The variety is available at Kalro, Thika. This is good news for farmers who are currently harvesting an average of 1.68 tonnes of arrowroots from the same size of land in eight months.

The hybrid variety requires less water compared to the traditional one, which is popular in the Kenyan market and hence can survive in semi-arid regions.

However, there is a sudden high demand for the tuber in the country due to increased health consciousness. Arrowroot leaves are rich in vitamins and minerals.

They are a good source of thiamin, riboflavin, iron, phosphorus, and zinc, and a very good source of Vitamin B6, Vitamin C, niacin, potassium, copper, and manganese. Arrowroot corms are very high in starch and are a good source of dietary fiber.

One acre of upland arrowroots technology-grown tubers will accommodate 29,333 plants, which will yield 29,333 tubers sold at Sh 20 each, which translates to Sh 586,660 gross income.

Help Kenyans to build homes to live in. (Build My Own Home Program for Kenyans.)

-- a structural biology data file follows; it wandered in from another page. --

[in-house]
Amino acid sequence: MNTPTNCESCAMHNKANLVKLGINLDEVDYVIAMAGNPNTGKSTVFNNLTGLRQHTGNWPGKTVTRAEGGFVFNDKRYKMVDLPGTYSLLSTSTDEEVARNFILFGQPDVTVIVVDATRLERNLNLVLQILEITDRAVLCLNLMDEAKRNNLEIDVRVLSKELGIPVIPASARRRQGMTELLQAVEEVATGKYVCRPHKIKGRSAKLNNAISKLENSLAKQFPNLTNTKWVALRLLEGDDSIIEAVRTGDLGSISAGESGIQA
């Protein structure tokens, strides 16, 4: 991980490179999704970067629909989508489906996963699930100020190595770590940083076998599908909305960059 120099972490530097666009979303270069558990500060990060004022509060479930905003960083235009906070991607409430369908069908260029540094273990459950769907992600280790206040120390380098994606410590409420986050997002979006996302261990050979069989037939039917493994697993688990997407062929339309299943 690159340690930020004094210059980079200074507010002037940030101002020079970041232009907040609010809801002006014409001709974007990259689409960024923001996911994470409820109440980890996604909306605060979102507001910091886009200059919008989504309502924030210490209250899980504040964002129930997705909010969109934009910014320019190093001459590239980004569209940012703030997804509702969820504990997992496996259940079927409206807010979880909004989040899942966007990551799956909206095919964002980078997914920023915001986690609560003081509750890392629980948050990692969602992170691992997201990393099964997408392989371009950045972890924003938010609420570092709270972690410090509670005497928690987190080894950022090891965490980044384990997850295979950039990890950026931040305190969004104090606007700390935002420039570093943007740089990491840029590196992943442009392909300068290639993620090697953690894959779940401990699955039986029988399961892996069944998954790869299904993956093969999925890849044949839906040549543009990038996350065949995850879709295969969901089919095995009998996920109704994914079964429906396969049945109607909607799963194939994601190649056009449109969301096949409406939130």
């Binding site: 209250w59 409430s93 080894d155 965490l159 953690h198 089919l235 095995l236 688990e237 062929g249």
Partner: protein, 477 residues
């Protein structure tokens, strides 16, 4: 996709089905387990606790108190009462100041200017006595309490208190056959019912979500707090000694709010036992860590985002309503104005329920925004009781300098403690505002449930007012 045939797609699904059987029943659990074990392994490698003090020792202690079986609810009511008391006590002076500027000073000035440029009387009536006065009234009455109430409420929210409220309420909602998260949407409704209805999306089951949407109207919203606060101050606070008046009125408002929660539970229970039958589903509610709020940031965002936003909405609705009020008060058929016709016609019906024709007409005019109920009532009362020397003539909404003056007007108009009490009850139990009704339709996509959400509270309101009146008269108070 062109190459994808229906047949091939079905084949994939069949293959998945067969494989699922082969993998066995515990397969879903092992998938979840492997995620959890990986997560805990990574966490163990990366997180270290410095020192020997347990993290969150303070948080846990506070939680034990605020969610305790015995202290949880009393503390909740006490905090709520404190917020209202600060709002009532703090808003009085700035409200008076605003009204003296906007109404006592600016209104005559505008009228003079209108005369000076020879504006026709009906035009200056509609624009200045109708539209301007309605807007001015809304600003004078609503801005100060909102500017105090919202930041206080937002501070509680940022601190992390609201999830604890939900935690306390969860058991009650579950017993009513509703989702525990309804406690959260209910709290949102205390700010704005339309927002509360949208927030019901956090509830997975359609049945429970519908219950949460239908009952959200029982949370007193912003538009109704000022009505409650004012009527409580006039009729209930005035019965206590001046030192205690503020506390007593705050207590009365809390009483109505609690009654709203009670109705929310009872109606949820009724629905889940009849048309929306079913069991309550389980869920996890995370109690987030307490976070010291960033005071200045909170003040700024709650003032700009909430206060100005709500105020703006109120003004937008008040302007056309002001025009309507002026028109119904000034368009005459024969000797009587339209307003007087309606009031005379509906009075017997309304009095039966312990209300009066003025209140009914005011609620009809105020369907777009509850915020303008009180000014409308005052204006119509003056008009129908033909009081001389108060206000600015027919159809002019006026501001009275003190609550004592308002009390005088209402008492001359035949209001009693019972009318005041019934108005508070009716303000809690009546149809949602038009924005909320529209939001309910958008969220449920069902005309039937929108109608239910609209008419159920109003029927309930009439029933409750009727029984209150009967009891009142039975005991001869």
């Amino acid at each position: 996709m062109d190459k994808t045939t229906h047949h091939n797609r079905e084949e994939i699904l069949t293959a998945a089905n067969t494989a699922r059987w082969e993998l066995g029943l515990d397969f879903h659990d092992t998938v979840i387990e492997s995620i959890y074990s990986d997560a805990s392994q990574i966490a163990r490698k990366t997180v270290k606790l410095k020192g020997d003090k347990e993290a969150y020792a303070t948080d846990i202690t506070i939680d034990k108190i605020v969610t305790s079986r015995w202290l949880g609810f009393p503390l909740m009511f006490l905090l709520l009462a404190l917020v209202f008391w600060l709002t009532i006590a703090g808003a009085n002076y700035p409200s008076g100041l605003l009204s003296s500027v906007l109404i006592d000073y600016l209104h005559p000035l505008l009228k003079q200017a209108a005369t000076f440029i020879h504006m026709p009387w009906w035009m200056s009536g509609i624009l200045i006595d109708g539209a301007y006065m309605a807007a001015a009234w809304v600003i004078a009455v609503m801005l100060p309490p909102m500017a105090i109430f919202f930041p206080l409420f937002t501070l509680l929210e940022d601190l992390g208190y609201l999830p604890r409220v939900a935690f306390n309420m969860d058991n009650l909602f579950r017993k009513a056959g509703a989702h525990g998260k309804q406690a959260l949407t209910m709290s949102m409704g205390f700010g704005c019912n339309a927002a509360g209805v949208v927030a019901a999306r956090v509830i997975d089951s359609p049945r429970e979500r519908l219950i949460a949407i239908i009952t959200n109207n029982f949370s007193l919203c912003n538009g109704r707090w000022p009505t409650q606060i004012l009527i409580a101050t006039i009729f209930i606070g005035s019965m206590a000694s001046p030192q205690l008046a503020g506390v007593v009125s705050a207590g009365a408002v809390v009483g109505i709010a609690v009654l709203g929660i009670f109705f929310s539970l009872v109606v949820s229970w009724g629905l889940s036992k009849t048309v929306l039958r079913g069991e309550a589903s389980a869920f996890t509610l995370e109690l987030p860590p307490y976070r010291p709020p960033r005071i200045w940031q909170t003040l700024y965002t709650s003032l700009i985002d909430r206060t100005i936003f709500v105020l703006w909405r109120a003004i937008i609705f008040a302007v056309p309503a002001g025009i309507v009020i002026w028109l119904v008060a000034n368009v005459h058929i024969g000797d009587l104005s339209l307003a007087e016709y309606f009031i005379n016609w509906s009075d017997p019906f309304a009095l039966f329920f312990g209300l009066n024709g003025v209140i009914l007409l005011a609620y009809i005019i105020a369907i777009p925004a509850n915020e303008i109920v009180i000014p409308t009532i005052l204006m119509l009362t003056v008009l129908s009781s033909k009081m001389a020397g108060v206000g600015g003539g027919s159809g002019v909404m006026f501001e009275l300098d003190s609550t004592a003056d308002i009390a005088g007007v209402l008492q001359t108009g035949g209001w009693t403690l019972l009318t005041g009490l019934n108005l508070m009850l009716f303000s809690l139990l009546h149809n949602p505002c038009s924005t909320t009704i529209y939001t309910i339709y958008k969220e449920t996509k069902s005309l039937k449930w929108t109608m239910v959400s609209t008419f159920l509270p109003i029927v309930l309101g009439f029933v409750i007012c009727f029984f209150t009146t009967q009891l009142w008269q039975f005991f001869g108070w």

• .Nobody wants to live in grass huts anymore and the mabati houses are terrible with noise and heat. There is a big debate about the proposed Housing National Fund (Tax). You can have that debate all you want as politicians but the biggest issue for housing that Kenyans will be very happy with is how the national and county governments can help them build their own houses in their homes.

I know this because I am building a house in my land in Kenya. It is tough. It is expensive and if you don’t do it right you can lose all your investment when the building collapses. In my case, it is my sister who is building the house for me and she is an expert in the business because that is what she does for a living and she is really marvelous at it. We have done the whole house. Last three months we did the windows and doors. Now we are doing the floor and then the house is done.

Can the national and the county governments help Kenyans build their own houses? That is my proposal for the National Dialogue Team. The good thing about helping Kenyans build their own homes is that they already have the land to build the house and you are not buying that.

What they need are building materials and they will build their homes. After that, it is water and electricity they need in the homes and you have modern nice homes for Kenyans. What is wrong with that?

Here is a model of The Bondo Rural Strategic Devt Agency.

Adongo Ogony is a Human Rights Activist and a Writer who lives in Toronto, Canada